As a gardener and a writer, I know the power of words and of hard work. I enjoy reading and writing about all subjects, but gardening is special. One particular quote combines my love of words and of gardening better than any other.
Rudyard Kipling’s The Glory of the Garden
I love poetry, and Kipling’s works are special. He had a way with words of course, but also a rhythm to his poems that invite reading them out loud. A favorite is The Glory of the Garden. From it, this quote inspires in so many ways:
“such gardens are not made by singing: –‘Oh, how beautiful!’ and sitting in the shade”
Why I Love This Quote
This line from the longer poem is enough on its own. It says it all really, about gardening. It says a lot about life too. Gardens are made by hard work, a lesson I’ve learned over the years since I owned my own home.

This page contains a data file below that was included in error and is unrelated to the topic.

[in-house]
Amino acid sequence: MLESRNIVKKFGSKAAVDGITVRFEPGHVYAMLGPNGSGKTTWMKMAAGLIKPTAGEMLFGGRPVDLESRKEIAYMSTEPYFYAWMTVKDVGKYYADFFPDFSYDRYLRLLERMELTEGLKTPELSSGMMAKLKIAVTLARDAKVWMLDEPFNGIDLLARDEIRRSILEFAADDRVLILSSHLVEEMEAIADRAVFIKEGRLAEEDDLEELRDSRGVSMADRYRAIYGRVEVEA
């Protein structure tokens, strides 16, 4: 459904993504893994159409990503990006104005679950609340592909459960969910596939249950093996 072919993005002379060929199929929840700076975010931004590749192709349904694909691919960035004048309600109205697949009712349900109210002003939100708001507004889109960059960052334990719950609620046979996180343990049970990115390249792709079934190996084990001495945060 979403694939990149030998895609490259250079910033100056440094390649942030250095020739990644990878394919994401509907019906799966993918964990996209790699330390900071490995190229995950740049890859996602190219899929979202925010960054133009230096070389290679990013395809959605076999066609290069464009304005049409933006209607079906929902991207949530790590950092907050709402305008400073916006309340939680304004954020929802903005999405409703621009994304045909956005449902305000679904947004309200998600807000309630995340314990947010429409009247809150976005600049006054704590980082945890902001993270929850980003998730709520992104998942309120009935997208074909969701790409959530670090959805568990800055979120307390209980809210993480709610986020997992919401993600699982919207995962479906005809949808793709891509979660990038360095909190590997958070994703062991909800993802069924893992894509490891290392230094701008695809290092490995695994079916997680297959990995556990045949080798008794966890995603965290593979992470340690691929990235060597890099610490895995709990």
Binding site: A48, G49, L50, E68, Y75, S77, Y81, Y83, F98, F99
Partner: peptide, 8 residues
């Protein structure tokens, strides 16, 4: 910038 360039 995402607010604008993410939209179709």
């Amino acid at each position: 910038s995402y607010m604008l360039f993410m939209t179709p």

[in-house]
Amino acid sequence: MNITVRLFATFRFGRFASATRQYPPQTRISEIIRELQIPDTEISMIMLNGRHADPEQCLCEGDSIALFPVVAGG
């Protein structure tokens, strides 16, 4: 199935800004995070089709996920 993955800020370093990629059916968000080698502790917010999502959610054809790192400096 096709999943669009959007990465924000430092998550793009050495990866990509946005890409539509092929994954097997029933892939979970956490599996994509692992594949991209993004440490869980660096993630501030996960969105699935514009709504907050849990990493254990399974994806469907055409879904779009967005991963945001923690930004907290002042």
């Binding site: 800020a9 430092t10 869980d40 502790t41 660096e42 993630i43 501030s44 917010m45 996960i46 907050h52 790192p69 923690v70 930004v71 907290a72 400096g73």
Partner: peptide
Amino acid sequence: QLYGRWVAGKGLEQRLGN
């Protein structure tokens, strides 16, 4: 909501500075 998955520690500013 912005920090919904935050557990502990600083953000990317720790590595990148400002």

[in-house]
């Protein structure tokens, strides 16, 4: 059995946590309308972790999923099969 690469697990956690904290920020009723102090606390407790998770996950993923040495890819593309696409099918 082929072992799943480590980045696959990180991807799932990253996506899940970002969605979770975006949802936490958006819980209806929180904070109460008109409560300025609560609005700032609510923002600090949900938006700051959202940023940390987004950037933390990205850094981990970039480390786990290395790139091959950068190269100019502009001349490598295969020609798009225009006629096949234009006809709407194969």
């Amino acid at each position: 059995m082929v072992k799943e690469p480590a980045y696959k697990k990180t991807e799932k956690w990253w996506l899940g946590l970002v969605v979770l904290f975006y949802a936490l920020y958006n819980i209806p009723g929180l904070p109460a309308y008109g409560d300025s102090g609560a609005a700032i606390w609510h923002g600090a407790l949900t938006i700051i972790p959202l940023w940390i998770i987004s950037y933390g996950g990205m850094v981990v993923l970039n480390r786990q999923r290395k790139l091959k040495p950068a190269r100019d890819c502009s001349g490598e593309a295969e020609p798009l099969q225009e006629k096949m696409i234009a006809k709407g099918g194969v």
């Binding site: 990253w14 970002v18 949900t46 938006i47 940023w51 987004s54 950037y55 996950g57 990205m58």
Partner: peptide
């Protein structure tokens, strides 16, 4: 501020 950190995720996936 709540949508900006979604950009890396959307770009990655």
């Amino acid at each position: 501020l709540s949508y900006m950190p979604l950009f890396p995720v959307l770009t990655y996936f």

I have always loved gardens. When I was younger, I admired them and dreamed of having my own. But actually putting the work in was another matter. At first, I think I only wanted the end product. I wanted to get there without sweating, kneeling in the dirt, or getting an aching back after hours of work.
Over time, though, I came to appreciate and even enjoy the work that comes with gardening. The end product may look the same whether I did it or I paid someone else to do it, but it feels different. I enjoy the fruits of my labor so much more because I did it. The same is true of so much in life. If it’s worth having, in other words, it’s worth working for.
I would encourage any gardener to find the Kipling poem and read the whole thing. It’s an eight-stanza ode to the work gardeners do, including those who do the “netting strawberries and killing slugs“ and “some who can pot begonias and some can bud a rose.” All work done that contributes to the glory of the garden is valuable.